Monday, April 22, 2013

Art, anecdotes and a few explosions

In the Academy B & B Gallery - Encaustic art by Dennis Dyck and

Watercolour still life by Brian Hicks

·        1. Write a bucket list
·        2. Travel to . . .
*I pondered why a baseball appears larger as it approaches, and then it hit me. – Some comedian on CBC (overheard while driving).
*One of the best ways to give the brain a thorough workout is to try to unravel the complexities of the politics of countries such as Israel, Iran and Italy. – Joe Schlesinger (He might have added Canada, I think.)
It’s been a week of explosions, particularly in the USA. Who’d have thought that the Boston Marathon would occur to terrorists as a target for mayhem? That a fertilizer plant should be the site of an accidental explosion should come as no surprise. It makes me wonder how safe we are her in Rosthern; tanks of anhydrous ammonia (like the one that blew up in West, Texas) are stored within a mile of my house, along with granular nitrates and who knows what other toxic agricultural chemicals meant to kill bugs, weeds, etc. Of course, the odds of an accident like the one in West are small, but then, even a blind dog is bound to find a bone sooner or later.
               In 1866, Alfred Nobel discovered that mixing nitroglycerine with silica would turn the liquid into a paste which could be shaped into rods of a size and form suitable for insertion into drilling holes. In 1867 he patented this material under the name of dynamite. To be able to detonate the dynamite rods he also invented a detonator (blasting cap) which could be ignited by lighting a fuse. (
               Alfred Nobel’s discovery facilitated a giant leap forward for the mining industry which could now load blast holes with dry sticks rather than handling the volatile liquid nitroglycerine. Since then, explosives of different kinds have been the strategy of choice for all kinds of problems, especially when we consider that gunpowder belongs in that class.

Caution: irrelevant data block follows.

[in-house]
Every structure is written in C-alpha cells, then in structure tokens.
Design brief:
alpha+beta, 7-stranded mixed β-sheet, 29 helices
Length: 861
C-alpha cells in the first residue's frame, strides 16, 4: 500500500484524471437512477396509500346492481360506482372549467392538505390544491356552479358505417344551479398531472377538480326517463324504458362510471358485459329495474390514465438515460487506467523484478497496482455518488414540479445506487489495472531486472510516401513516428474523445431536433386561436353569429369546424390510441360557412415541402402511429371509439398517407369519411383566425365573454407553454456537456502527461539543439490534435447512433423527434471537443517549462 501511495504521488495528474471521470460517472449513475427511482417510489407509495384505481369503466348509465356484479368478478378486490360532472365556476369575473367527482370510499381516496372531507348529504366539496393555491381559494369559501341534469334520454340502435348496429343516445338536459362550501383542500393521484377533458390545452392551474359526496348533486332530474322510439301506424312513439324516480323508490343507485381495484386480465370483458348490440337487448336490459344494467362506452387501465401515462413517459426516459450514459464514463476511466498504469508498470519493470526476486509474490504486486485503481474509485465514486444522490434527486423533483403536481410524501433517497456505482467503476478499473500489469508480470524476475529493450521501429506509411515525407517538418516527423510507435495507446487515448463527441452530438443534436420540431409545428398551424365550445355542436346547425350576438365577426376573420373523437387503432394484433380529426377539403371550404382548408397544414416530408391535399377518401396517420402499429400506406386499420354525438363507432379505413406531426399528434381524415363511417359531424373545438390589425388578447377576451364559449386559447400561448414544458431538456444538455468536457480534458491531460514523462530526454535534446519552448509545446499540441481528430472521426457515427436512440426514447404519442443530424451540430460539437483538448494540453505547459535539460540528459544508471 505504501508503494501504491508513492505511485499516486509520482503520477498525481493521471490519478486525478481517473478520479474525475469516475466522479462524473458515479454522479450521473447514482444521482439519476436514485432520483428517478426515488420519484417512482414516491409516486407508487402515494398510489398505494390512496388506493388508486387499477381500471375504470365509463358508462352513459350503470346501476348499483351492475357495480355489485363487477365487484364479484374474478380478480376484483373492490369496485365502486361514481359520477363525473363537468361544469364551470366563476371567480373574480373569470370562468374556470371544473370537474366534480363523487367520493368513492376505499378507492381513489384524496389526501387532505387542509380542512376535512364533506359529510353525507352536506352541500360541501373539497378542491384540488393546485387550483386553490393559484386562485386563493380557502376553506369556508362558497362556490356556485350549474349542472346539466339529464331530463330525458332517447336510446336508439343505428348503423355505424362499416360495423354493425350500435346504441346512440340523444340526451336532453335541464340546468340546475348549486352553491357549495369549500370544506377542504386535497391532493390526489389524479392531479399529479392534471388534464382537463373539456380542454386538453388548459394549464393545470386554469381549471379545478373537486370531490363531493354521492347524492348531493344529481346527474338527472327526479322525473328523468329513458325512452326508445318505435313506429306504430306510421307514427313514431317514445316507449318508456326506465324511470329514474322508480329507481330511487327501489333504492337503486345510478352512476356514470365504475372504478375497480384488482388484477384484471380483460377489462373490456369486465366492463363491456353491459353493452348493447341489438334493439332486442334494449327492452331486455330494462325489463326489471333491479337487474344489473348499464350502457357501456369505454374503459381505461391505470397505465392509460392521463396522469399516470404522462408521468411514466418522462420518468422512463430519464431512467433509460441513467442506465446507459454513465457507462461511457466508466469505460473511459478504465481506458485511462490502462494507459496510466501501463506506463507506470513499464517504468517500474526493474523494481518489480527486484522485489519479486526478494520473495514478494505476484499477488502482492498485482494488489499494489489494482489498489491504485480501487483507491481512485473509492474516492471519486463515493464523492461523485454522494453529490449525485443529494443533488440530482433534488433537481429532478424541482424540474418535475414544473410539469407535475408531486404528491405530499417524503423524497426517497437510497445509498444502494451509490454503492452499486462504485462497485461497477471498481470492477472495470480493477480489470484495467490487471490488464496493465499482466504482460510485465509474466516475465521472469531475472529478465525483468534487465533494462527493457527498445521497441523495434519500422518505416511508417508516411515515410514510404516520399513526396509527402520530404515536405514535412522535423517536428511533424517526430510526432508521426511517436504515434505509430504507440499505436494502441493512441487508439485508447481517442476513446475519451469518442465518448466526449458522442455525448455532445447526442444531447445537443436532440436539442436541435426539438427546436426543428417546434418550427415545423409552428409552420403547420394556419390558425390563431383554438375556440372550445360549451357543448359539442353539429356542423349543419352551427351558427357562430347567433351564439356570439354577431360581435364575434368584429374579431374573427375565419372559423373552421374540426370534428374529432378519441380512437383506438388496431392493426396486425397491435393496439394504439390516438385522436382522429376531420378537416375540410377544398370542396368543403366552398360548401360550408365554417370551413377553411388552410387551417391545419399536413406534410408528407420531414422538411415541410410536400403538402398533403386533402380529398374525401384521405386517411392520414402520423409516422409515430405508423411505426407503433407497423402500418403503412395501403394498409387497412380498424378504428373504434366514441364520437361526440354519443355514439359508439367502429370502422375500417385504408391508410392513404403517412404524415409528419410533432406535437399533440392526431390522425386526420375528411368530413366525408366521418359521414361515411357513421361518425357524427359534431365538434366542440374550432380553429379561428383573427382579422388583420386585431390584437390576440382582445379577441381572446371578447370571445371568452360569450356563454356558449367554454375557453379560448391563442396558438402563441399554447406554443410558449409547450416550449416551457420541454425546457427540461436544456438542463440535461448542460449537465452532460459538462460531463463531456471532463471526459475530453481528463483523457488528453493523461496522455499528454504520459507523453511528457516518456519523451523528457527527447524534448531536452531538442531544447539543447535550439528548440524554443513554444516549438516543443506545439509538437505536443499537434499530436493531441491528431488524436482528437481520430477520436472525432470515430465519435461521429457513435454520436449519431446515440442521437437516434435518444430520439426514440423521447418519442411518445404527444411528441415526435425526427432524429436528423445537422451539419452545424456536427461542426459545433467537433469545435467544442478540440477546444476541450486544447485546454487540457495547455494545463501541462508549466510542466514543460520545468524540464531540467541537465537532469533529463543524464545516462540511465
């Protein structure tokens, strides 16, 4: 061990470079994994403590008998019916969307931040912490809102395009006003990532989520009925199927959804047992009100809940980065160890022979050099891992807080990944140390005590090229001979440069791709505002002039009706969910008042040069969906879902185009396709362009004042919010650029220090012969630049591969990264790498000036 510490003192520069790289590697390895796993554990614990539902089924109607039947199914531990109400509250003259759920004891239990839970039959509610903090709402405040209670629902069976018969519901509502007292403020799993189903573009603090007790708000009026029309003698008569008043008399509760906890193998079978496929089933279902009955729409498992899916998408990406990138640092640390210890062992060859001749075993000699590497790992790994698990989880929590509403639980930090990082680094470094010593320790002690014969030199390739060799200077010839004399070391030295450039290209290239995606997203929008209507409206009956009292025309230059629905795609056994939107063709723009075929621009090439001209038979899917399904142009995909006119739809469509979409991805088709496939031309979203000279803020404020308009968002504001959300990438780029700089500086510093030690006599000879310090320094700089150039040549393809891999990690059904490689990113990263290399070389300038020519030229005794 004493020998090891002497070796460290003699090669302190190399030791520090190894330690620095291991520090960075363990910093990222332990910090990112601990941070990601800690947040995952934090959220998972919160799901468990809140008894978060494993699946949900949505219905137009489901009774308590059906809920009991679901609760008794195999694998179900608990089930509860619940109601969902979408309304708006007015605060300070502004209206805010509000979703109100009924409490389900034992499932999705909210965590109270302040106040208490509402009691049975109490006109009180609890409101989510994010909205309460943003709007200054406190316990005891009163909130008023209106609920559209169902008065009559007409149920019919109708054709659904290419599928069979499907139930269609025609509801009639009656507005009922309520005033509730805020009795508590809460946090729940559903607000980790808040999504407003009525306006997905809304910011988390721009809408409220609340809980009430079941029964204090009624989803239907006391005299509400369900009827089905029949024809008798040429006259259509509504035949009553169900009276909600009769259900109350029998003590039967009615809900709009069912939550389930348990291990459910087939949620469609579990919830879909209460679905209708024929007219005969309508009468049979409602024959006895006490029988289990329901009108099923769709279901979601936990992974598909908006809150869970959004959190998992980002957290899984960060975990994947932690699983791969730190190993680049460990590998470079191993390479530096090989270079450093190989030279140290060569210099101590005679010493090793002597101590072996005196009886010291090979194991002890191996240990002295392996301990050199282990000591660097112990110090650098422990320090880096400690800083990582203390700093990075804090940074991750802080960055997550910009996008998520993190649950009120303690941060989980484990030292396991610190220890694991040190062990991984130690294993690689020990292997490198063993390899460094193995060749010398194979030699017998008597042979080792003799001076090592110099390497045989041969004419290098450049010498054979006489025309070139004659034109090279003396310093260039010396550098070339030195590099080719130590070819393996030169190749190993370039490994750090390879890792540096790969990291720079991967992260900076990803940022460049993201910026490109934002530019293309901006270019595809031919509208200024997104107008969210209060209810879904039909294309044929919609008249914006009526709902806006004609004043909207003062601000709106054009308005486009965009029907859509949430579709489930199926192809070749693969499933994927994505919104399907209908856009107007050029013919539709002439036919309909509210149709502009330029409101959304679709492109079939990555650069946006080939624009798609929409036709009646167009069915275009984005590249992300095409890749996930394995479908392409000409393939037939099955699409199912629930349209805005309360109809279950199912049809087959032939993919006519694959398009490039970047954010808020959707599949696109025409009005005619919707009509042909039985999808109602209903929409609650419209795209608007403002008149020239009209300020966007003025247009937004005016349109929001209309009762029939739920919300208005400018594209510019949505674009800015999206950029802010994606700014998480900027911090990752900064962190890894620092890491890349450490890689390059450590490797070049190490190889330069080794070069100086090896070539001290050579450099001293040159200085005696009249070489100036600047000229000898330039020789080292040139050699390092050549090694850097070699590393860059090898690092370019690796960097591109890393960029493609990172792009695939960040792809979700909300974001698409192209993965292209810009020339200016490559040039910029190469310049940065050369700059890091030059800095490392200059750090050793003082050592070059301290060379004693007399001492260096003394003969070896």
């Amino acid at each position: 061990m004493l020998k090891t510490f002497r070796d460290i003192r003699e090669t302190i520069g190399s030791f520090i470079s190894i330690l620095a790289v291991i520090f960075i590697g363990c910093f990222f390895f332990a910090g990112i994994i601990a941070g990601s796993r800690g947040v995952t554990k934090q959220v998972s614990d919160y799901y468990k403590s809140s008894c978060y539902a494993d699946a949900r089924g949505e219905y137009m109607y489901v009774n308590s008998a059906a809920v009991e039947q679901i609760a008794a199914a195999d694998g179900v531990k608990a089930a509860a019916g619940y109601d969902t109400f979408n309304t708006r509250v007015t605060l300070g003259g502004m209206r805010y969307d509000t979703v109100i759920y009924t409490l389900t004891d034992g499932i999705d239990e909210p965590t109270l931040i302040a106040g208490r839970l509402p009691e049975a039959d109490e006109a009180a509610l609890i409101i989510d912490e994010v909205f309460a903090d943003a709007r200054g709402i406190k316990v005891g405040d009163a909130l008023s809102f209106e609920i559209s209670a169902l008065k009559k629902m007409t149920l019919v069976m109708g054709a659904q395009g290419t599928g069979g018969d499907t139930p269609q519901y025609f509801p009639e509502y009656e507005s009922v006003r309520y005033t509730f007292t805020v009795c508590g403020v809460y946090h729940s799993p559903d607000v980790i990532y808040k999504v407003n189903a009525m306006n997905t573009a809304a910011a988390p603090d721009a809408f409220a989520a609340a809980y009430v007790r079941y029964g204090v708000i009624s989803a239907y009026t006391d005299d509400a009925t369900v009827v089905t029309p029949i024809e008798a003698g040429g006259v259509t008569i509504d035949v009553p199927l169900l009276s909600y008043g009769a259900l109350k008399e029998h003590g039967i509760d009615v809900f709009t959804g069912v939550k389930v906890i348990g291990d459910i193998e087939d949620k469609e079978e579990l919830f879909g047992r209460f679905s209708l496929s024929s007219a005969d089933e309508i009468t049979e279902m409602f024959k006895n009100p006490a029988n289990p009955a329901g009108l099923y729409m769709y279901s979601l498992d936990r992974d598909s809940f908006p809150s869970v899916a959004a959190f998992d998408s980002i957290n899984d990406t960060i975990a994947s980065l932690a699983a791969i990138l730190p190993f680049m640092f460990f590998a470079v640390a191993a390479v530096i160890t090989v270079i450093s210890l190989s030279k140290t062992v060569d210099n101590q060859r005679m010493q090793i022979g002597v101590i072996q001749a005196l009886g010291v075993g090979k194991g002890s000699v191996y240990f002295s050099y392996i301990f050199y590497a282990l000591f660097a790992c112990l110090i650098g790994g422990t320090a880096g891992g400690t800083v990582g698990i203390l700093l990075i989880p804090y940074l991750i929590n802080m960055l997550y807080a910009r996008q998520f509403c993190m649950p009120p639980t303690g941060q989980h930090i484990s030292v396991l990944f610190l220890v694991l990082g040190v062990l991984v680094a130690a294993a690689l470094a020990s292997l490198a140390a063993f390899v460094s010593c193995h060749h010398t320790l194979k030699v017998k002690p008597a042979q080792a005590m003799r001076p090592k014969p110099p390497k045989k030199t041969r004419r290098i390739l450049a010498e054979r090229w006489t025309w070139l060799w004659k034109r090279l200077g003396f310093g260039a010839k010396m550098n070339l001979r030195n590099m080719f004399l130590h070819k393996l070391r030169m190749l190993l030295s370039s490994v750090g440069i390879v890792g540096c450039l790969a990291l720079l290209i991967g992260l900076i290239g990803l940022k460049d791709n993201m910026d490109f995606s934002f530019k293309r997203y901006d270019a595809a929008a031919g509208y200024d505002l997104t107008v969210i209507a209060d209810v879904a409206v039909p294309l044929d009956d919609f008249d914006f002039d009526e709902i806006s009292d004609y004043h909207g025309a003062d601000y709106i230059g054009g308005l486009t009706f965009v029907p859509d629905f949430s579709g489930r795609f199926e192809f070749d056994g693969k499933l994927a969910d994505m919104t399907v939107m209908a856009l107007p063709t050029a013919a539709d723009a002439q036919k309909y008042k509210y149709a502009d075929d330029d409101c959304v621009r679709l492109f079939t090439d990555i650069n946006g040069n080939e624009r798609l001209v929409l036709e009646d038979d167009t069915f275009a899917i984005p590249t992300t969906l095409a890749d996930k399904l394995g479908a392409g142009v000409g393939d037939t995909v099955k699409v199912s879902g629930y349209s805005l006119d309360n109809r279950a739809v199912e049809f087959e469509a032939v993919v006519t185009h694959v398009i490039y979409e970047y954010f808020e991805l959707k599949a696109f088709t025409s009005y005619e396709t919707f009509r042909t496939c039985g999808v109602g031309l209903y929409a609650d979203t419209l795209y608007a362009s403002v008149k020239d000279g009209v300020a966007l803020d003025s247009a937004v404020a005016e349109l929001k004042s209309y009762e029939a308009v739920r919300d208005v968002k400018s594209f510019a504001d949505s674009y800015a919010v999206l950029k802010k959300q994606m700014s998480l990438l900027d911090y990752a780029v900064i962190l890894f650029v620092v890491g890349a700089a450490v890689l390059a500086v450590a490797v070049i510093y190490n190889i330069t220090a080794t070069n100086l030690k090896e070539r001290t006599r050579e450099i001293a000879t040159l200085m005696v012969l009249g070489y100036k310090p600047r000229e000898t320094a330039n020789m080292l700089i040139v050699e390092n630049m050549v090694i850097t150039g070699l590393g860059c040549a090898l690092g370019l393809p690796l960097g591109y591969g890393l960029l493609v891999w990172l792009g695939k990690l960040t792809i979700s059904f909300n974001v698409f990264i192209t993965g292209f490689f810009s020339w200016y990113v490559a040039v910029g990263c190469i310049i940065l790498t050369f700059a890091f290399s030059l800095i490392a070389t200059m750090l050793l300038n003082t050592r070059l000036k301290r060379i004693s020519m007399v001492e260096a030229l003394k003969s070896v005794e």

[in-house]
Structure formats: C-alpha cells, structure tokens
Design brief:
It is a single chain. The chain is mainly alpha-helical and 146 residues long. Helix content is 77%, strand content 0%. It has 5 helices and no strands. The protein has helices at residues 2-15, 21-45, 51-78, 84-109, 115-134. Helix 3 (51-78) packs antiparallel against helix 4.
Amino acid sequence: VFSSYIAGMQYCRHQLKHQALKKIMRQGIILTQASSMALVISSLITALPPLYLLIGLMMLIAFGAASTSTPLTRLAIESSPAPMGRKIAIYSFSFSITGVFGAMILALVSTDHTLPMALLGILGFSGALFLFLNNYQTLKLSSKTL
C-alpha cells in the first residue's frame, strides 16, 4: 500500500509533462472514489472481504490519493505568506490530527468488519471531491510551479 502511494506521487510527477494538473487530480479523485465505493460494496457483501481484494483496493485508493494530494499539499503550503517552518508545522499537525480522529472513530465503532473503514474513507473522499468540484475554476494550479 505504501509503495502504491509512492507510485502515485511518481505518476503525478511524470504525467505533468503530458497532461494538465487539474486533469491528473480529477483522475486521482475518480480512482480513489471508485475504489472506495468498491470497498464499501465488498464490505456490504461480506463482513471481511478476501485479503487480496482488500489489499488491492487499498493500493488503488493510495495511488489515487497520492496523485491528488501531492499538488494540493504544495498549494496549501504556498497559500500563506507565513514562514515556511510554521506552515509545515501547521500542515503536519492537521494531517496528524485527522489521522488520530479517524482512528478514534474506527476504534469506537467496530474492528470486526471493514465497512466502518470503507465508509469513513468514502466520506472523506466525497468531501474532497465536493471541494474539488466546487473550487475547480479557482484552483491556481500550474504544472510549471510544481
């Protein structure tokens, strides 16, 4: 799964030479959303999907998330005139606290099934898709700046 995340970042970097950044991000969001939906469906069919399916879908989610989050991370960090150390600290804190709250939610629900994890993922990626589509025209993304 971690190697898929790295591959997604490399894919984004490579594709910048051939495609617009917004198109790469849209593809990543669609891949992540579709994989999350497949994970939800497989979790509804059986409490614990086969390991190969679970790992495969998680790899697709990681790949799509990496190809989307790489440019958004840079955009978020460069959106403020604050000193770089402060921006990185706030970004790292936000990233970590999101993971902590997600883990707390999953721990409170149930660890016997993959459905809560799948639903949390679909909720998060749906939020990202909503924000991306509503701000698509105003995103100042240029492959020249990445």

Seems to me that a man has an intrinsic need to make a mark on the world. Failing to do that through normal social intercourse, the mind turns to alternatives, and what more spectacular alternative can there be than the explosion. Whether or not Dzohkhar Tsarnaev survives his injuries or not, the mark he and his brother made is exceedingly more spectacular than most of us could ever hope for; there’s been little else in the news for the past week.
              A nineteen-year-old recruit to the Canadian military was asked about his thoughts before embarking for Afghanistan. "I can't wait to get over there and blow stuff up," he replied. 
             This essay needs a clincher, but I can't think of one, except to share in my thoughts the weeping of all those who have sacrificed so that some misguided soul could "make his mark." 


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